Fistulae can occur at any time following gastrointestinal surgery. The time elapsed to fistula appearance is an important guideline for management and prognosis. Early fistulae arising in the first 48 hours post surgery can be considered as technical errors and would occasionally require further surgical intervention.11,17 Low output well drained fistulae appearing late after surgery have a good prognosis and can generally be treated conservatively. However, in the case of late high output complex fistulae of upper gastrointestinal origin, reoperation would be required in most cases to achieve closure.18
Approximately 15–25% of all gastrointestinal fistulae form spontaneously. Diseases such as pancreatitis and IBD cause local inflammatory processes that can lead to local abscess formation, perforation, and distal obstruction, which are all potential causes of spontaneous fistula formation. Spontaneous oesophagotracheal fistulae can also form in patients with oesophageal cancer. Further causes of spontaneous fistulae include: radiation, diverticular disease, appendicitis, ischaemic bowel, erosion of indwelling tubes, perforation of duodenal ulcers, and pancreatic and gynaecological malignancies.1,19–22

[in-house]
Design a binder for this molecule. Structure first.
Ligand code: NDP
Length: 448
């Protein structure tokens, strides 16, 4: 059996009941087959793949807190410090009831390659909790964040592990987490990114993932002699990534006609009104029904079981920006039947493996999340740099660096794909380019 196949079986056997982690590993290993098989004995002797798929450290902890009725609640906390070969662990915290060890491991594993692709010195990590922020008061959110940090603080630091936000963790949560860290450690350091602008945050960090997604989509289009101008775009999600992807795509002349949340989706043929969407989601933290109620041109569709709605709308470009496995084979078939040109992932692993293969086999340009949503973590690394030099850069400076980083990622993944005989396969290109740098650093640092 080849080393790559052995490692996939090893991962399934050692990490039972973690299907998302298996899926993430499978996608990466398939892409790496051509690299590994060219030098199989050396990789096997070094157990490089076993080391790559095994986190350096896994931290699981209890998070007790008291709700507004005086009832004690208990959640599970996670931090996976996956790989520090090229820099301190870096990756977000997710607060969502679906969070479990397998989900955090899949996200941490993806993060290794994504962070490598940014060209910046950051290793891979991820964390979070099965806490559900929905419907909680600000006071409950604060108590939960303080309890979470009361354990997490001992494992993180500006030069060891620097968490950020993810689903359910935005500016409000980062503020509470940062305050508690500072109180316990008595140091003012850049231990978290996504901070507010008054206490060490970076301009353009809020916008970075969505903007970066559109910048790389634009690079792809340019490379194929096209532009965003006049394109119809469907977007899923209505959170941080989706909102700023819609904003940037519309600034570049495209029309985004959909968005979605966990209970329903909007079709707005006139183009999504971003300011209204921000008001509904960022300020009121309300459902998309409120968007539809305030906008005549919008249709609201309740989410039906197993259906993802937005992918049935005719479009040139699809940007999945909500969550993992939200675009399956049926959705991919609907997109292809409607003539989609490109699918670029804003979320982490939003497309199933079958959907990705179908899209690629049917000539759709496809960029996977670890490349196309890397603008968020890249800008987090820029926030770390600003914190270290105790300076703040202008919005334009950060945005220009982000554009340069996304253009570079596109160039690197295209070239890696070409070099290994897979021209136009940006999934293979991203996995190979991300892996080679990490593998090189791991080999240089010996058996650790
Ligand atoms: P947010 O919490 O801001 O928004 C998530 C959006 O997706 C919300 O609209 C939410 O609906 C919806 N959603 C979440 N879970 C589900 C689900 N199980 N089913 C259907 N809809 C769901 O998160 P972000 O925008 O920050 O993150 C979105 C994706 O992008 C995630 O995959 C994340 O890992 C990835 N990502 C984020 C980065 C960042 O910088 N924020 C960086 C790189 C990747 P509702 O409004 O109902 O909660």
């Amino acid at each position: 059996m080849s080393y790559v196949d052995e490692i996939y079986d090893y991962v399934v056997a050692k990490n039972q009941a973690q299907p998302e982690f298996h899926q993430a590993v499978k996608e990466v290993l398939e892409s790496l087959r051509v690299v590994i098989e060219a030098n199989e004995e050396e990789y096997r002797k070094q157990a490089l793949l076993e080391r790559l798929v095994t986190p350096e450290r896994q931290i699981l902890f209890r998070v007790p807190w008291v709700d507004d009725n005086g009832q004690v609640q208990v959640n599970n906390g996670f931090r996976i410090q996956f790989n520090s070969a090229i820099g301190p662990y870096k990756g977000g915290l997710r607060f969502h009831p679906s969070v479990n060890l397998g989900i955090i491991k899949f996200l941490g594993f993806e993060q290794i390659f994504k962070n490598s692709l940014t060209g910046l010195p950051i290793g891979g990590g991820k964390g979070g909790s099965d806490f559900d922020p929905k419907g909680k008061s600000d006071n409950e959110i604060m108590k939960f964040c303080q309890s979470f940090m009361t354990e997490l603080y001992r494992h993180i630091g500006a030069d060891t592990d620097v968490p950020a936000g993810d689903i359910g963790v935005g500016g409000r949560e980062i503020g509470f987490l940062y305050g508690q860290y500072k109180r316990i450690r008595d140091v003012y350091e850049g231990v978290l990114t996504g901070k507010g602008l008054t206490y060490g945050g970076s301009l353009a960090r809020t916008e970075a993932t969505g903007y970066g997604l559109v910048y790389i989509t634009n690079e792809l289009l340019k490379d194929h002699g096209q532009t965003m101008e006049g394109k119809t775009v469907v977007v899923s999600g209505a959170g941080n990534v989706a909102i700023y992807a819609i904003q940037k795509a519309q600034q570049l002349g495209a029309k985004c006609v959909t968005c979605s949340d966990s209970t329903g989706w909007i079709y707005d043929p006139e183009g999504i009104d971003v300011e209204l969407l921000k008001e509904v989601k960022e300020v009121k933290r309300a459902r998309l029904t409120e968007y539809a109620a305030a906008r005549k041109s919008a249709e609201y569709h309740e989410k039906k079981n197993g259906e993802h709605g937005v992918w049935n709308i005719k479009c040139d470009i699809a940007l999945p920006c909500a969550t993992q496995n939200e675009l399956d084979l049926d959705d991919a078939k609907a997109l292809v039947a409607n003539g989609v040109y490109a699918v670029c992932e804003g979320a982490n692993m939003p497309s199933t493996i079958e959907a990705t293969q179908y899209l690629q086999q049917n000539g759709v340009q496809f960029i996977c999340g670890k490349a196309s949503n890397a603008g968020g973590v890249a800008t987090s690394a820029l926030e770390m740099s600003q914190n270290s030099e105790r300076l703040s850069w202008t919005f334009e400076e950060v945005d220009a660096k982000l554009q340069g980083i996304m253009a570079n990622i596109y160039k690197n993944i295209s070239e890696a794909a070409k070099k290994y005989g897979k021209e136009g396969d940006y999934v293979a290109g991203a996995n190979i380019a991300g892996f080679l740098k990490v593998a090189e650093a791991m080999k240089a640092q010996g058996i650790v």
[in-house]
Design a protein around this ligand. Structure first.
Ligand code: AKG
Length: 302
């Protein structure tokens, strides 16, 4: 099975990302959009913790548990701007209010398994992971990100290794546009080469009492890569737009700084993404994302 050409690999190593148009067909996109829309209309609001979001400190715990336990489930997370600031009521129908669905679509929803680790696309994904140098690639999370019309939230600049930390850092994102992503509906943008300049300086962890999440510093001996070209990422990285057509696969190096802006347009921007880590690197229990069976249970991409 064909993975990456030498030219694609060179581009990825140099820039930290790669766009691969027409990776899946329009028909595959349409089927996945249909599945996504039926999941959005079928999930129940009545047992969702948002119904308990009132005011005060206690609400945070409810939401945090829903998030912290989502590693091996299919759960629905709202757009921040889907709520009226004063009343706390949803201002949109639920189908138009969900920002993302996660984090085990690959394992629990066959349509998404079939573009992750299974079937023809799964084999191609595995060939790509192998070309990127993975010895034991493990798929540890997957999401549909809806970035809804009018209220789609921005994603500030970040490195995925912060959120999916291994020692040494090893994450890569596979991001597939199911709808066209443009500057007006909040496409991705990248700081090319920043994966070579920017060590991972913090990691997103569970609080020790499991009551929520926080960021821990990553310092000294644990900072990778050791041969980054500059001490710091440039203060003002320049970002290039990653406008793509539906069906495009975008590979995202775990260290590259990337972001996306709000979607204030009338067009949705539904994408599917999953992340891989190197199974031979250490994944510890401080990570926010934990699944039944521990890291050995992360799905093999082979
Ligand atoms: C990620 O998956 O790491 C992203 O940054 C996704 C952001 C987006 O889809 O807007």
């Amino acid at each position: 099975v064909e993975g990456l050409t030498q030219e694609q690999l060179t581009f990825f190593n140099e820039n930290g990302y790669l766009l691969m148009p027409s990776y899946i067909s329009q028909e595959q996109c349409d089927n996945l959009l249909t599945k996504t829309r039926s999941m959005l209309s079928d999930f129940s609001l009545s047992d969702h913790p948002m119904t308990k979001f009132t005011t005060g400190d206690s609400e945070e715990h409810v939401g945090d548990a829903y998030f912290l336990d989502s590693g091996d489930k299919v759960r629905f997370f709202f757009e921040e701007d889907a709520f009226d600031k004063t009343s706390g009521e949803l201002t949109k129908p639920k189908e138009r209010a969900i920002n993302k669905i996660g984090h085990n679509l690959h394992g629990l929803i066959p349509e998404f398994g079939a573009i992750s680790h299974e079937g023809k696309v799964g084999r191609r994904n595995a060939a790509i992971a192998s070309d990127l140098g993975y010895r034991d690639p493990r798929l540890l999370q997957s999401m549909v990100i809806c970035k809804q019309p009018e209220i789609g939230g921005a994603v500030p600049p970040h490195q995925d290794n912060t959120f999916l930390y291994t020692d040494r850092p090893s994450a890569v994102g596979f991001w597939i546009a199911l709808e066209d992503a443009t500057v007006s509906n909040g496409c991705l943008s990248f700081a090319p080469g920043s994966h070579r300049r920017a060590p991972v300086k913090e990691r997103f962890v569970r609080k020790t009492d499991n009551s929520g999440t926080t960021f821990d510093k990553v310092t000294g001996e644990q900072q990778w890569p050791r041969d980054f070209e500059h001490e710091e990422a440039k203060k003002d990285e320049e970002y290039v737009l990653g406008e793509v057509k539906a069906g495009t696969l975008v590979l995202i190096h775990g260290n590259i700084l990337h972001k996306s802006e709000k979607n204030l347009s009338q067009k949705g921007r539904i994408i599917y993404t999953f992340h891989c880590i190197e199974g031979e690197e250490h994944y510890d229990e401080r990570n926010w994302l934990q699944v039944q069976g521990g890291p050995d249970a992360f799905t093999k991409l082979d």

In westernised populations, Crohn's disease is the principal cause of spontaneous fistula formation.23 As shown in table 3, up to half of Crohn's patients will develop a fistula at some stage during their disease, the majority of which will be external or perianal. Patients with diverticulitis are much less likely to develop a spontaneous fistula (1–12%) (table 3). Although fistulae that develop in the bowel are likely to close without the need for surgery, they often reopen as the underlying problem is still present.1